- the use of educational media to unite teacher and learner and carry course content, and
- the volitional control of learning by student rather than distance instructor
The importance of the two-way communication cannot be overstated.
Approximately 50,000 unduplicated adult learners were enrolled in 2003 - 2004. In late 2005 89 adult schools have applied to operate Innovation Programs for the current fiscal year.
There are two approaches to distance learning in California - the hybrid or supplemental approach and the pure distance learning approach. The supplemental model has the learner enrolled in both classroom and distance learning classes, allowing him or her to extend learning opportunities. The pure distance learner cannot or will not attend classroom instruction and is served solely by remote learning.
Media Used in Distance Learning
The following figure summarizes the most popular adult school Innovation Program approaches approved for 2004 - 2005. Video / DVD checkout is by far the most popular. Text materials, workbooks, and study packets are used alone and with other instructional media.
The video and audio media normally are provided on a checkout basis with packets of printed materials and work assignments included. They constitute over 3/4ths of the recent and current innovative approaches. The checkout model is easy to manage unless large numbers of learners are involved. Recent additions to the video choices make this an appealing approach for learners who cannot regularly attend classroom centered learning.
The current use of the Internet as the primary instructional medium is limited. However, it will increase in its use as the low cost course-length curricula are available. The Internet as an interactive instructional delivery and communications system may redefine some aspects of distance learning. Internet based instruction is often described as "distributed learning" since the actual learning content may reside on multiple computers.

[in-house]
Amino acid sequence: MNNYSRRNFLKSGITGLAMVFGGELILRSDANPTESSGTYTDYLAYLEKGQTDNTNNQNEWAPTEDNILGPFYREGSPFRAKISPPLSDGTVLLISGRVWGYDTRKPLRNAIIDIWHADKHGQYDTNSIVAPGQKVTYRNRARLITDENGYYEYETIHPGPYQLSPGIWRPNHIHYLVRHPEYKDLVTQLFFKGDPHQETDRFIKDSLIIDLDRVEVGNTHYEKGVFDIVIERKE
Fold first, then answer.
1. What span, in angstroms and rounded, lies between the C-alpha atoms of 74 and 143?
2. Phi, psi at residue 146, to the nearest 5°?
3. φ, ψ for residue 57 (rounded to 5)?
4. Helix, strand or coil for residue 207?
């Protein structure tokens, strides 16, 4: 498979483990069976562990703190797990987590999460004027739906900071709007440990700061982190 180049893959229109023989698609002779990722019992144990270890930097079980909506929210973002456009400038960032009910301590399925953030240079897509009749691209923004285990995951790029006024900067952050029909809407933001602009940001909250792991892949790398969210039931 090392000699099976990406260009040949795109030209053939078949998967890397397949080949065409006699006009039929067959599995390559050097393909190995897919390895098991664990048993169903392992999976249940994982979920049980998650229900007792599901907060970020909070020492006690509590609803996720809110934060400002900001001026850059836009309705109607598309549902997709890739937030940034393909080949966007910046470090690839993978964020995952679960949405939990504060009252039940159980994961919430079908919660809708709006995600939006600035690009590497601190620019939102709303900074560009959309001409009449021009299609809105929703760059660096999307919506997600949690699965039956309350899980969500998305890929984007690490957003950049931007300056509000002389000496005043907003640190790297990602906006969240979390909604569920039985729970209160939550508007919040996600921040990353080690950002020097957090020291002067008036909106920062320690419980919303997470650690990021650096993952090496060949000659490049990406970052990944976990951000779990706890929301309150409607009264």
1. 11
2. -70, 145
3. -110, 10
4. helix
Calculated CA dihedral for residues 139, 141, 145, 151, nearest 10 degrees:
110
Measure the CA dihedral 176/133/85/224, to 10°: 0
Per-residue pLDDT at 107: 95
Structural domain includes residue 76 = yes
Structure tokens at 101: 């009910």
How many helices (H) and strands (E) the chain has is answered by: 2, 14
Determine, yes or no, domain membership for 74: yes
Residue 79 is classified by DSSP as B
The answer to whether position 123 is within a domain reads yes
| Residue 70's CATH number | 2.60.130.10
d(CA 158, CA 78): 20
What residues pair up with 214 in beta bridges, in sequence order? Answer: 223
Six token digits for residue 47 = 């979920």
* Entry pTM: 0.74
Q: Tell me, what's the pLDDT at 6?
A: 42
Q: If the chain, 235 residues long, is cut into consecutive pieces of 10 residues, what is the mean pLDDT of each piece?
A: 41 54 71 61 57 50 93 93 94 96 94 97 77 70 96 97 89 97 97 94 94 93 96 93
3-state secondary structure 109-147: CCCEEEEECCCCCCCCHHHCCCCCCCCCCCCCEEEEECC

Historically the approved Innovation Programs have been required to submit an annual application to be authorized and a self-evaluation report to summarize outcomes. The reporting requirements have been simple and easy to follow. One result was that the data and information were idiosyncratic to the reporting adult education program. In the spring of 2000 the California Dept. of Education appointed an ad hoc work group to review the need for more standardized reporting. In May 2000 administrators from the approved Innovation Programs suggested elements to be combined in a uniform reporting system. In 2001 the model was simplified further by the CDE. In the summer of 2002 an interactive online application was initiated.
The annual Innovation Program interactive application form is available on the Internet, and standardizes the accountability (demographic and program data) reporting based on the Tracking of Programs and Students (TOPSpro) Entry and Update records. (all adult schools are required to utilize these data elements as part of their apportionment related reporting.) Other information elements are descriptive and numeric in nature and will be idiosyncratic to the particular Innovation Program. The annual report form is available interactively on the Internet.